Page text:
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Government expands ‘winter pressure’ plan


27 November 2013

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NHS staff could be made to work additional hours in order to help the health service cope with winter pressures, the Department of Health has announced. 
The equivalent of 3,000 additional NHS staff will be made available through hiring temporary staff, creating new positions and extending current hours. 
According to the Department of Health, the changes would equal an extra 320 doctors and nearly 2,000 nurses, physiotherapists, social workers and other staff. 

NHS staff could be made to work additional hours in order to help the health service cope with winter pressures, the Department of Health has announced. 
The equivalent of 3,000 additional NHS staff will be made available through hiring temporary staff, creating new positions and extending current hours. 
According to the Department of Health, the changes would equal an extra 320 doctors and nearly 2,000 nurses, physiotherapists, social workers and other staff. 
And nearly 2,500 extra beds will be made available across England. The resources will be put in place following a government injection of £250 million earlier this year to support the most under pressure NHS Trusts, and £150 million that was announced last week for other trusts.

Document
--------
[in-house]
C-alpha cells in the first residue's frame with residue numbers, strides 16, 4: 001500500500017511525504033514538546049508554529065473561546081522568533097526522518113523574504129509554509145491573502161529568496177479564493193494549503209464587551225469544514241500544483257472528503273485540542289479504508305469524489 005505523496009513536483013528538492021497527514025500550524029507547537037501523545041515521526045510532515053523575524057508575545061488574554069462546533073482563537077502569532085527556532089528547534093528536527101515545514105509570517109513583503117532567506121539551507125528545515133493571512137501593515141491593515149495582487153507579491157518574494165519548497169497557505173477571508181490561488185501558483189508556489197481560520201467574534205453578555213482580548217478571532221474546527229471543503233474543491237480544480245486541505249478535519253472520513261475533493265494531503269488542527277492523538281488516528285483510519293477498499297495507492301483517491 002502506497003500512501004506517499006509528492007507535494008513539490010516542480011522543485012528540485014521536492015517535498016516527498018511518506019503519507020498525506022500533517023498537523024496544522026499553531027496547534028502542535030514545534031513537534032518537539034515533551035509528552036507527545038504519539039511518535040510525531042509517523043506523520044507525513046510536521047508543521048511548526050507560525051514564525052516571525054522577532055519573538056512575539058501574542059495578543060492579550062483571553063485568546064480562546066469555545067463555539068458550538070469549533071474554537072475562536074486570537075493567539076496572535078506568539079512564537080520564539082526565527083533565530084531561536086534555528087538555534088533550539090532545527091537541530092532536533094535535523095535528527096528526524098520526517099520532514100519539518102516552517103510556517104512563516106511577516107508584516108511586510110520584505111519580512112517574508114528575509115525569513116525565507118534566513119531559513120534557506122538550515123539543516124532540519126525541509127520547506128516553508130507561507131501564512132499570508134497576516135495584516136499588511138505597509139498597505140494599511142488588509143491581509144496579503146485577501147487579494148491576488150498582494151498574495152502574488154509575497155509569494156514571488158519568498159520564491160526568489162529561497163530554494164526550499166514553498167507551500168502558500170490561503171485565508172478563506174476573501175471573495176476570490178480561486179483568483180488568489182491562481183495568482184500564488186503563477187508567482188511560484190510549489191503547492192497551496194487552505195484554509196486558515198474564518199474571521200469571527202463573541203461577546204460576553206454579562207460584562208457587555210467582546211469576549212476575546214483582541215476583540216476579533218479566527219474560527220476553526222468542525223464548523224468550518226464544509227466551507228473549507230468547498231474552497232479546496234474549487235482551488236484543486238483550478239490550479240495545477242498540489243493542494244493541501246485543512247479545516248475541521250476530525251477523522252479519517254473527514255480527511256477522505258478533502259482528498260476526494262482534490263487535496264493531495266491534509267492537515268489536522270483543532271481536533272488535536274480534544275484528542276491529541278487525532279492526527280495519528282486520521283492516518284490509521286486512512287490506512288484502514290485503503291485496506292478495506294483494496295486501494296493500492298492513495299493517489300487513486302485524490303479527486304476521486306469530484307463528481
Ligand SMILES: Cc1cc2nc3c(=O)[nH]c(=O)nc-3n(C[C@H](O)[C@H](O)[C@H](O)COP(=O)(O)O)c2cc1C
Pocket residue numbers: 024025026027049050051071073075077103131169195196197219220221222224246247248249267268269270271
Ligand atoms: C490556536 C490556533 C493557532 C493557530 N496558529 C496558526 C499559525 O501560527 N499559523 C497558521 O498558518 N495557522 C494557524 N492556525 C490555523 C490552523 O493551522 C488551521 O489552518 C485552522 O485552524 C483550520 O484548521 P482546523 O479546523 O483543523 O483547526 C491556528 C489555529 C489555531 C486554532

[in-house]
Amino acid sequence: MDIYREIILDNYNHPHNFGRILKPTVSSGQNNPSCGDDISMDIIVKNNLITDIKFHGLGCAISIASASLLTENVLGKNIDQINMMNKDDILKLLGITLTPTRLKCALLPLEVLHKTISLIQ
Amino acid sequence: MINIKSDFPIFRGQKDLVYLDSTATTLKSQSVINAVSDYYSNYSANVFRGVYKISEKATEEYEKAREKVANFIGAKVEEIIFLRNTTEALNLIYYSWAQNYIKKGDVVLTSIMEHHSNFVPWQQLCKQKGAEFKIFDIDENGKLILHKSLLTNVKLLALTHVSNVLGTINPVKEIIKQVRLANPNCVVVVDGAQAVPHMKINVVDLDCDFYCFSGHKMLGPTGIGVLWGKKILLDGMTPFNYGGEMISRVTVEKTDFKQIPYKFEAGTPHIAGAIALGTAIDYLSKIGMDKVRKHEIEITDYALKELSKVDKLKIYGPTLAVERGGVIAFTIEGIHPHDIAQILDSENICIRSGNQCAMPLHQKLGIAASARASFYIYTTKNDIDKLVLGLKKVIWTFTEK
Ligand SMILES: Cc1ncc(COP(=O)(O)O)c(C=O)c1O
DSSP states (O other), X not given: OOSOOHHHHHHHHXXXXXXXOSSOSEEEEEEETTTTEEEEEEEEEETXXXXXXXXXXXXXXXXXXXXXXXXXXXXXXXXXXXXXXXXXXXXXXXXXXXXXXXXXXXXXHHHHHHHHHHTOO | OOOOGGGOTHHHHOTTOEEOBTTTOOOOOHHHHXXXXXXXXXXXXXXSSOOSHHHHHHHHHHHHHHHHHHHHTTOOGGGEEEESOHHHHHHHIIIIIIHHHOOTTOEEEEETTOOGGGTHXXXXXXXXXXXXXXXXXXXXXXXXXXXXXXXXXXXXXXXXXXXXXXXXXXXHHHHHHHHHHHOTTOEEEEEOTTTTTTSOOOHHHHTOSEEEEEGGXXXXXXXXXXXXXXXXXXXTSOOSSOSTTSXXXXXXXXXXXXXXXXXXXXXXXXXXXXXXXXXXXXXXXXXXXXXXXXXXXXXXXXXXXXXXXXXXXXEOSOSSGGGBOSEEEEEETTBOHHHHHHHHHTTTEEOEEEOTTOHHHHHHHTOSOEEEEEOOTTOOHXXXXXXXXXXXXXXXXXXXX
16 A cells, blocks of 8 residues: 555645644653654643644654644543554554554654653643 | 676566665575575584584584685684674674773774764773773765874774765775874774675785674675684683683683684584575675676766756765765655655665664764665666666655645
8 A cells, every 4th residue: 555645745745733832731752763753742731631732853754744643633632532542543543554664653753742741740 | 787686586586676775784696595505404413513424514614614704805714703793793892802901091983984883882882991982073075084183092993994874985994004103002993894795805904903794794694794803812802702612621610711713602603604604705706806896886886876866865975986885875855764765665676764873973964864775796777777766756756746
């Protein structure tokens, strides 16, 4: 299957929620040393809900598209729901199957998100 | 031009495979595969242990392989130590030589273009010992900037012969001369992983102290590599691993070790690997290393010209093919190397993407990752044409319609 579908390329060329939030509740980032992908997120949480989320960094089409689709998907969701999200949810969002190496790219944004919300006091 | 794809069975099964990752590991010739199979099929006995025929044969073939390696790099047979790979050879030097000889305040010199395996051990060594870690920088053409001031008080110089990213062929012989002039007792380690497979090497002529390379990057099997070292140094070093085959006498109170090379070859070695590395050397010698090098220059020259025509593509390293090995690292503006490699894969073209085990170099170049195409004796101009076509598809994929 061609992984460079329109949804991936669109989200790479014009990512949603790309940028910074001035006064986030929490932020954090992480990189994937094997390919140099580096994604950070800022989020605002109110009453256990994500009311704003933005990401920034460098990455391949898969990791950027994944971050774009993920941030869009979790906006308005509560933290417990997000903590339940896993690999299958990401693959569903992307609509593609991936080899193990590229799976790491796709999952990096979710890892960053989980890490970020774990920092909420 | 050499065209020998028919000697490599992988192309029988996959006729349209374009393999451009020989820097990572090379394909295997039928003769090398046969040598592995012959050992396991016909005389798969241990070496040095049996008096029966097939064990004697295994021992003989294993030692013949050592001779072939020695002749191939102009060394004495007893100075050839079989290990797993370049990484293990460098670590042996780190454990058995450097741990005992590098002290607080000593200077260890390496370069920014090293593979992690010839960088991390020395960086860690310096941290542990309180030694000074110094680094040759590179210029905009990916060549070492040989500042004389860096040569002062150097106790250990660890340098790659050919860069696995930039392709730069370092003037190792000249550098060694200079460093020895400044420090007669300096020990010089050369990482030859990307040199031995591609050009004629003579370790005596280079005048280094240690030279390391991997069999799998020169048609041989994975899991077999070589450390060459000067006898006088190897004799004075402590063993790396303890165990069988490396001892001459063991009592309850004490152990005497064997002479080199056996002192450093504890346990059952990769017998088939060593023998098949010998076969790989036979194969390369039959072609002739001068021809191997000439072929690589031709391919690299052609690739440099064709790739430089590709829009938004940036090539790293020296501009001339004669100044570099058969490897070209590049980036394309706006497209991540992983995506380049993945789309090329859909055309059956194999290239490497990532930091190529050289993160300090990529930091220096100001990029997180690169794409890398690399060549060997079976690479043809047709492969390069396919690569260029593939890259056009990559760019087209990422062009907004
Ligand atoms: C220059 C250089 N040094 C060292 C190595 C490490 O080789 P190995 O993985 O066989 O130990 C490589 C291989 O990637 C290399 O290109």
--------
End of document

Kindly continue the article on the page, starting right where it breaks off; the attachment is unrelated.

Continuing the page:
Up to 1,200 of the beds will be available in the community and in care homes. 
Health Secretary Jeremy Hunt said: “We’re backing our hardworking NHS staff with the extra doctors, nurses and best they need to make sure patients get the excellent care they expect, no matter what season it is. 
“We know that cold weather affects out health and has an impact on the NHS every year. This year will be no different. That’s why we have prepared earlier than ever before by supporting the NHS with a £250 million fund that has been used to hire more doctors and nurses, and provide more beds.” 
In addition, the government has announced a £15 million cash injection to NHS 111, to prepare the service for potential winter pressures.
Dr Mark Porter, chair of the British Medical Association council said the government is being dishonest about the fact that this is not additional funding. 
He said: “This is money which is being moved from one part of the NHS to another, and doesn’t offer a sustainable solution to the acute funding pressures facing the NHS. The maths simply don’t add up.
“Short-term fixes, however well meaning, will only get us so far. We have to look at the long-term funding and recruitment pressures on the NHS as a whole if we are to get to grips with the pressures hospitals face year in year out, but which are compounded during the winter months.”

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